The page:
# Help with Thévenin and Norton equivalent circuits

Discussion in 'Homework Help' started by phusion9, Jul 10, 2008.

1. ### phusion9 Thread Starter New Member

Jul 10, 2008
3
0
I'm having some issues with these two exercises about Thevenin and Norton equivalent circuits with dependent voltages.

1) Determine the equivalent Thevenin Circuit seen by the terminals a-b

So first thing, I apply KVL:

V1-10*I1+I1*R1+I1*R2=0 $\Leftrightarrow$ I1 = -1 A
V1 + R2*I1 - Vth = 0 $\Leftrightarrow$ Vth = 10 V
(Vth = Vab)

All fine. But now to determine the Rth I would need to know the Isc, the current in short circuit that passes through a and b.

Again I try to apply KVL

-10 V1 + V1 + R1*I2 + R2*I1=0

and KCL

Isc + I1 = I2

Results in a equation with 2 variables I1 and Isc which I can't solve.

-10 I1 + V1 + R1*(Isc + I1) + R2*I1 = 0

What I am missing or doing wrong?

2) Determine the equivalent of Thevenin and Norton seen by the terminals a-b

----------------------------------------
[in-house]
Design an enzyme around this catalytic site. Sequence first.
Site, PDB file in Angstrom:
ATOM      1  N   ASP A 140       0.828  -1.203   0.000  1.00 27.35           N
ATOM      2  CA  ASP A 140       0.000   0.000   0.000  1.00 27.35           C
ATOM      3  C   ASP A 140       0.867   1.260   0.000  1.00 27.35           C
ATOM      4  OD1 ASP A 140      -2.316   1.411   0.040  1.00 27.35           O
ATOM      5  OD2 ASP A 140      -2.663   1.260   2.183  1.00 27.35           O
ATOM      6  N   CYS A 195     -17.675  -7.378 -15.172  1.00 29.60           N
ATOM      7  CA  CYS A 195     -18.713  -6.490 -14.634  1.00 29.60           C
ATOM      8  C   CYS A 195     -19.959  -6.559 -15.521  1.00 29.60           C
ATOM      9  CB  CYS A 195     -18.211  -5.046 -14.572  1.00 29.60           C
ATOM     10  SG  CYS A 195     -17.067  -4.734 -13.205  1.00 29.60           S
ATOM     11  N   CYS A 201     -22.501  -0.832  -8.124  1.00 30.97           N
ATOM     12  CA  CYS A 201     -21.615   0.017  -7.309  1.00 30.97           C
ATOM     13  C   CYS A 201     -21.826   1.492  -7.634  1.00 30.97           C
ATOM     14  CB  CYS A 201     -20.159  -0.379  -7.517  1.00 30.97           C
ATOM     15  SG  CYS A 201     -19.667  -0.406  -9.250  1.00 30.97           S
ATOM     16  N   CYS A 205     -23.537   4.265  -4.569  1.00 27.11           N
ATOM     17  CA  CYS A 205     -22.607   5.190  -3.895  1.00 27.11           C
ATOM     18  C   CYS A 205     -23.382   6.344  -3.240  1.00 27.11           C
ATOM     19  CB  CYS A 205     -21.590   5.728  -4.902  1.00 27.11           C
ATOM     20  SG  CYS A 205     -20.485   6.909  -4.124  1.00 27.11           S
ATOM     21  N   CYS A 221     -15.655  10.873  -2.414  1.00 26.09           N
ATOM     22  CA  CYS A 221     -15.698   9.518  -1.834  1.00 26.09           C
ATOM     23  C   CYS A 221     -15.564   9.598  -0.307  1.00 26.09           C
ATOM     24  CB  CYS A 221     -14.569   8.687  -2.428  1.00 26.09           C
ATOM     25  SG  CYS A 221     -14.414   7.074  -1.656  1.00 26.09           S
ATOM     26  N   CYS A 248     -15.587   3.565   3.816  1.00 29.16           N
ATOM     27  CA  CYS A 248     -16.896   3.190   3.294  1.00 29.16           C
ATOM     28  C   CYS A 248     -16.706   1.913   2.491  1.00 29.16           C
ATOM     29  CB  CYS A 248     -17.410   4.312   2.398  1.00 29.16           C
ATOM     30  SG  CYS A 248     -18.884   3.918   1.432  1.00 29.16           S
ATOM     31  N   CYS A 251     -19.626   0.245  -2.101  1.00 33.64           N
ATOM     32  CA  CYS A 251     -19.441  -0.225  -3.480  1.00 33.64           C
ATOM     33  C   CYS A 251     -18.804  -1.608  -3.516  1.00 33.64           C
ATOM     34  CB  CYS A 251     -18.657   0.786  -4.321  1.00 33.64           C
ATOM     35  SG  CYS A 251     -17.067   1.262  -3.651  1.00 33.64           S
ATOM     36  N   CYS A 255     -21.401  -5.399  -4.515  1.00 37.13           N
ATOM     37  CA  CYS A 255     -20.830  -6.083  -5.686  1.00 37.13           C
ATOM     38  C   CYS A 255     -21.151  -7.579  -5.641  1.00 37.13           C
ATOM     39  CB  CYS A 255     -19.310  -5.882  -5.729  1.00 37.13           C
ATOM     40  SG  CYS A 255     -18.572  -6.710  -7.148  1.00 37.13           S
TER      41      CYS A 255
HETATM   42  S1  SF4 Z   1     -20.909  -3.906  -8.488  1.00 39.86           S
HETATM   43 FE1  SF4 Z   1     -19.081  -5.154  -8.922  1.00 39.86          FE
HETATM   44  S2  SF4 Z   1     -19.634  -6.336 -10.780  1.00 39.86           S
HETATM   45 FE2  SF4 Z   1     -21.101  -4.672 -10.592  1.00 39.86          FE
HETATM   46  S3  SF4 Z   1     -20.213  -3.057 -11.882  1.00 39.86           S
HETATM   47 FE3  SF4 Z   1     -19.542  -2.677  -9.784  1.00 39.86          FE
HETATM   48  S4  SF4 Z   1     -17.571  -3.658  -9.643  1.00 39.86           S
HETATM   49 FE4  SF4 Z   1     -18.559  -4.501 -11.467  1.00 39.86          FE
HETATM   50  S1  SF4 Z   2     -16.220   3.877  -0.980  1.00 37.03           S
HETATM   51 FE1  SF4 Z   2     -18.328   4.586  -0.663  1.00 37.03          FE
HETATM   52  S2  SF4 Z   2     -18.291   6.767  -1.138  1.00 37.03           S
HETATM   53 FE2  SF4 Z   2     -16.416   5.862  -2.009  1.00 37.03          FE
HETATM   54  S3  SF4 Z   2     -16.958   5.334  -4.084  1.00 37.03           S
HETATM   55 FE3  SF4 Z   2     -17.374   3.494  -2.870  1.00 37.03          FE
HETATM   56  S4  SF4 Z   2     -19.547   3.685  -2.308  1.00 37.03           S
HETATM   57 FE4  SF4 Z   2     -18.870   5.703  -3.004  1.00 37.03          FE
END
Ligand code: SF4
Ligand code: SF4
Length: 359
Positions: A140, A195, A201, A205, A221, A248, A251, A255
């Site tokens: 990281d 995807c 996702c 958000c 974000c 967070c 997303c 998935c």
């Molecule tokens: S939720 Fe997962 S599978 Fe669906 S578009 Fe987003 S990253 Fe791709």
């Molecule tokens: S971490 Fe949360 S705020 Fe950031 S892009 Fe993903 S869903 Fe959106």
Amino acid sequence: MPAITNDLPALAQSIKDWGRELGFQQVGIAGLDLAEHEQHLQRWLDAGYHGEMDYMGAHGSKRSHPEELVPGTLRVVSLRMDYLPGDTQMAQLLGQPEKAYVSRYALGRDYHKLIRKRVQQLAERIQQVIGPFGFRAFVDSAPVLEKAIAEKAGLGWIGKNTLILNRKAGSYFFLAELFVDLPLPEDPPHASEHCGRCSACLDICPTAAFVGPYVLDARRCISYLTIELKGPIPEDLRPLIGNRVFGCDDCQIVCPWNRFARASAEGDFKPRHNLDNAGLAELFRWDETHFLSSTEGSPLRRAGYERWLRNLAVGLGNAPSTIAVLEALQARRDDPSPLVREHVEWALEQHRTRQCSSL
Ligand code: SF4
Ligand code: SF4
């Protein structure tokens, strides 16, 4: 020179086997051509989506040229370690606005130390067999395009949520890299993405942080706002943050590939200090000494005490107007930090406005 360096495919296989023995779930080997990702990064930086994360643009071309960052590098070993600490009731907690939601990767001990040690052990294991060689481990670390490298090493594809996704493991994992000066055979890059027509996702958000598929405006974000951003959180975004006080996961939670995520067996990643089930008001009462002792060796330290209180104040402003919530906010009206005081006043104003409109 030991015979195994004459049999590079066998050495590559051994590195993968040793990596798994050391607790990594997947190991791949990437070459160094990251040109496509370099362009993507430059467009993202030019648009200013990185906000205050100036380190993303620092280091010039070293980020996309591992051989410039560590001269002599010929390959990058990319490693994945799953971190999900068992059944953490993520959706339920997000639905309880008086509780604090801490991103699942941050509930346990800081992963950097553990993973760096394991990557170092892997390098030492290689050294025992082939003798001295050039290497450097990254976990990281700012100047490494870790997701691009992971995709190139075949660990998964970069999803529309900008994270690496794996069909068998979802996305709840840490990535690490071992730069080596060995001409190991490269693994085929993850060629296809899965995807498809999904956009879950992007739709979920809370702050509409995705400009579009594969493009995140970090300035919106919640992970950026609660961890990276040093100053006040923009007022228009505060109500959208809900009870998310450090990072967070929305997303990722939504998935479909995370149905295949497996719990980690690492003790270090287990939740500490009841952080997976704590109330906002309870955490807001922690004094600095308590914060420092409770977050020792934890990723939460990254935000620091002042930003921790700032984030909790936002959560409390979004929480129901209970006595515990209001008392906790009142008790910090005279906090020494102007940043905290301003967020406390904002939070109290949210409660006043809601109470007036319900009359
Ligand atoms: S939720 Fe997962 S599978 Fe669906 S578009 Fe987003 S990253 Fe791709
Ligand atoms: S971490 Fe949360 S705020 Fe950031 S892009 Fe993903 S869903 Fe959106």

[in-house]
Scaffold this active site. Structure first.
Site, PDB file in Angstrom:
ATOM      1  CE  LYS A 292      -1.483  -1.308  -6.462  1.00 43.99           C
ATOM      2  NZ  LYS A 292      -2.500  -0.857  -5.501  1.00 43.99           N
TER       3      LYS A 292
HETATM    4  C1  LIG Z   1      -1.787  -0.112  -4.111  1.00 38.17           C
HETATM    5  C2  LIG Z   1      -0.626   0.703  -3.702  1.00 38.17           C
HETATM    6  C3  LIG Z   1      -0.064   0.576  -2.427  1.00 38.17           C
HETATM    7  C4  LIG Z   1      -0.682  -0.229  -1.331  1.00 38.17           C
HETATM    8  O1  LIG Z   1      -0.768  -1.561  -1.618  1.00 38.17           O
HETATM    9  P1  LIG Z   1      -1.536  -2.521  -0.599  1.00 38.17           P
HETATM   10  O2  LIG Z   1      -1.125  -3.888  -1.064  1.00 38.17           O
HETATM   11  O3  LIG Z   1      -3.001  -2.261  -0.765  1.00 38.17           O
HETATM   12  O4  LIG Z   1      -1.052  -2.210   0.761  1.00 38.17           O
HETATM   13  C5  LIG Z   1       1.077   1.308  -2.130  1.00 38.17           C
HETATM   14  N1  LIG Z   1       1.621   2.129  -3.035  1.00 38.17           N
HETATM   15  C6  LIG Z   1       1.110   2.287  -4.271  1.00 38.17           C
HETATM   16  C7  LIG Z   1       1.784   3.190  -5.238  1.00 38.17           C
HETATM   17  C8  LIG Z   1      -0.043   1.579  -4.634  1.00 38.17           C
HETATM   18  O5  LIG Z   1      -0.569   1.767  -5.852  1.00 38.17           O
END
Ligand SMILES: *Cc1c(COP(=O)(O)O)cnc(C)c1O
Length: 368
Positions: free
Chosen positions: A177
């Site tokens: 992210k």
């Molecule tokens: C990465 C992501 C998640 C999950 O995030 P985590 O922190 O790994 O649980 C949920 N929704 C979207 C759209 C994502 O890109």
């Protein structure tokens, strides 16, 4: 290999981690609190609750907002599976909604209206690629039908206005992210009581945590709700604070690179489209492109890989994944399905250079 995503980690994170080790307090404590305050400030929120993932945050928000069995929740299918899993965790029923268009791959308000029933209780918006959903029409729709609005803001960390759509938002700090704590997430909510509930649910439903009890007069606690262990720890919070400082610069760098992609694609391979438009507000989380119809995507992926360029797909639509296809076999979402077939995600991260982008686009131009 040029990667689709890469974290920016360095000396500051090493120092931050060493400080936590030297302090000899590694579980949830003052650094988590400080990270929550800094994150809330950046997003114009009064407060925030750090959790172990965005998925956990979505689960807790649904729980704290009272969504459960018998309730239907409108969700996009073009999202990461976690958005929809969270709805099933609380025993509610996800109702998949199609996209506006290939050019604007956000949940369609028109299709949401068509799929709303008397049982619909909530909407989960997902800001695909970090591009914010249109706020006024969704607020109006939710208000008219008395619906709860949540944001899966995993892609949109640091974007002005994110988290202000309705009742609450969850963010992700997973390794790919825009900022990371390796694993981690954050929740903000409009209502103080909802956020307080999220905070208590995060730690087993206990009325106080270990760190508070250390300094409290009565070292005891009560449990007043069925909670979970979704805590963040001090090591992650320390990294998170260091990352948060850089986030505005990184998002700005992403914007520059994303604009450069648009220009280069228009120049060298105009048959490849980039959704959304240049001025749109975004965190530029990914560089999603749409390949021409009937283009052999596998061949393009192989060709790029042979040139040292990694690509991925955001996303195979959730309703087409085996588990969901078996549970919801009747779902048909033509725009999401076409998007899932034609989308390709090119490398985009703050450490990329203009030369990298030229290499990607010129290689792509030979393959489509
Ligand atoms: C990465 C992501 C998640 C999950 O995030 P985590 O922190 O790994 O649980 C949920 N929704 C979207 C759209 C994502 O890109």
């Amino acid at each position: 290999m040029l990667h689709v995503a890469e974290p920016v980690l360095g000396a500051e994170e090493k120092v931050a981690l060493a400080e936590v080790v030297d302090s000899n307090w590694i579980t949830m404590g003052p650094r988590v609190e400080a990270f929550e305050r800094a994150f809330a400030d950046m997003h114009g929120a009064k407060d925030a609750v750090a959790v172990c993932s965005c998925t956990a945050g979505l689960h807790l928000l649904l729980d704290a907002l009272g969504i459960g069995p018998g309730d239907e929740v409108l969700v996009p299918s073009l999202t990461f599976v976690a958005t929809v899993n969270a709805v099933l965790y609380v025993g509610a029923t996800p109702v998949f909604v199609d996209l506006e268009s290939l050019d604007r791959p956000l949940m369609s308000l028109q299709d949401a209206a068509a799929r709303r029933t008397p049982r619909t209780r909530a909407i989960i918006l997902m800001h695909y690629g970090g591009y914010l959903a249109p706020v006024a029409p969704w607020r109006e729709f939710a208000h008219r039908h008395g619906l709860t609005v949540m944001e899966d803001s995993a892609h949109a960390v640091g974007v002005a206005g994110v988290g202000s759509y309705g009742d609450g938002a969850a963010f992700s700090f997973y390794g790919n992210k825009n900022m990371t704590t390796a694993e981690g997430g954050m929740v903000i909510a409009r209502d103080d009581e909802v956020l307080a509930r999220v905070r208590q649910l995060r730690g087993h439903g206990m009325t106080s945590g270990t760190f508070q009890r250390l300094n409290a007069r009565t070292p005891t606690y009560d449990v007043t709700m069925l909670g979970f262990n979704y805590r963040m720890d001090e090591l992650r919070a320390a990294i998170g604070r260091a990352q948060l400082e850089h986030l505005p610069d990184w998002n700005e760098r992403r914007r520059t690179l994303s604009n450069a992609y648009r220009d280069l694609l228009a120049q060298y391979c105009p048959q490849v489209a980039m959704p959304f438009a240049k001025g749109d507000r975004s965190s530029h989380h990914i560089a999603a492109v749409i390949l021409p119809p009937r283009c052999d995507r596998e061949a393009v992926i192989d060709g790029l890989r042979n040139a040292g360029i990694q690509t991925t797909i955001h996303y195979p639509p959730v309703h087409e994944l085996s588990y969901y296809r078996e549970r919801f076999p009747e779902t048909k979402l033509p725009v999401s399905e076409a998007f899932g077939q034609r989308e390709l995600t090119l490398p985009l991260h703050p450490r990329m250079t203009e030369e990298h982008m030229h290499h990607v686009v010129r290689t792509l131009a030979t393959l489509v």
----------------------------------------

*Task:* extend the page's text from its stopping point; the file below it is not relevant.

I try to apply KVL and KCL.

I3 = Current that passes right-left through the dependent voltage 5*Ix
IR2 = Current that passes down-up through the resistance R2

Ix = I1+IR2+I2

5*Ix-Ix*R1-IR2*R2=0 $\Leftrightarrow$ Ix = (-R2*I1-R2*I2) / (5-R1-R2) = 5.45 A

With Ix I determine IR2= -9.55 A

The Vth or Vab would be IR2*R2 = -38.2 V which is wrong.

What am I doing wrong?
How would I then determine the IN?
Should I try to apply the sobreposition theorem and to the first exercise as well?

(IN = Current equivalent of Norton, short circuit)

By the way the solution is:
1) Vth = 10 V; Rth = 16 ohm
2) Vth = 48.571 V; IN=8 A; Rth=RN= 3.238 ohm

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Last edited: Jul 10, 2008
2. ### blurium Member

Jul 9, 2008
18
0
For the first question, why dont you try writing a second KVL for example:
10*I1=R1*I2

3. ### phusion9 Thread Starter New Member

Jul 10, 2008
3
0
Yea I was missing that simple KVL loop... Thank you
So the solution for Isc would be:

V1=R2*I1
10*I1=R1*I2
Results in
I1= 1.25 A
I2 = 0.625 A
Isc (down-up) + I2 = I1 $\Leftrightarrow$ Isc=0.625 A

Vth/Isc = 16 ohm (correct)

Would you take a look to the second exercise as well?

4. ### phusion9 Thread Starter New Member

Jul 10, 2008
3
0
Ok never mind I got help and finaly managed to solve it.